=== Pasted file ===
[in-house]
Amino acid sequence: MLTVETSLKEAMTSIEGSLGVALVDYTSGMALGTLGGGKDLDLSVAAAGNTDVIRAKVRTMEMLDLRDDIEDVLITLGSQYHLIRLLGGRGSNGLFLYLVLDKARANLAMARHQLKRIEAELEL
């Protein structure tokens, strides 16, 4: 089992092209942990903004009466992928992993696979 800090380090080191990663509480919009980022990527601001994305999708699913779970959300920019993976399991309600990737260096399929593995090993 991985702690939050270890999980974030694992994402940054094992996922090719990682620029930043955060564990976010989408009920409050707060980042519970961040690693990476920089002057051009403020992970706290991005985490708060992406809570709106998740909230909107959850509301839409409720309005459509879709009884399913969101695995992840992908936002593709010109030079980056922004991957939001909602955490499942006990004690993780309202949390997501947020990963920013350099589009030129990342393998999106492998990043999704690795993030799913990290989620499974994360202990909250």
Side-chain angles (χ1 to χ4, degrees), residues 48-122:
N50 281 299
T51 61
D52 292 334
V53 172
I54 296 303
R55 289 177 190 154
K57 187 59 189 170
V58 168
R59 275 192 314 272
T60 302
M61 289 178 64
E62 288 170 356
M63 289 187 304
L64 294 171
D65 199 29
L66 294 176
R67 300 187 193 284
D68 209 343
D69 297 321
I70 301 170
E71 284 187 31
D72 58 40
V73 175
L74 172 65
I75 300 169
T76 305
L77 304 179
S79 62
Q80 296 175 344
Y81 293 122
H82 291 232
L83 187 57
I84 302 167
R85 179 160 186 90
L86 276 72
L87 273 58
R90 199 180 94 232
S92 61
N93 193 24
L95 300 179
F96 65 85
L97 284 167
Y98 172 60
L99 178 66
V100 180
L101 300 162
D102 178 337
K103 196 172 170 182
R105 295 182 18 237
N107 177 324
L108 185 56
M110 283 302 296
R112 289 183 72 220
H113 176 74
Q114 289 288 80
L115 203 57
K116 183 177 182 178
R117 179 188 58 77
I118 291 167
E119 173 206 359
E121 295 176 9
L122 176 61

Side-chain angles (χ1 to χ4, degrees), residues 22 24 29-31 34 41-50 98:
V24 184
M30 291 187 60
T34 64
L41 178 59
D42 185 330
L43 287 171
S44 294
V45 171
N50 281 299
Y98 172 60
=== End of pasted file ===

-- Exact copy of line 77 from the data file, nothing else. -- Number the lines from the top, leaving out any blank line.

Y98 172 60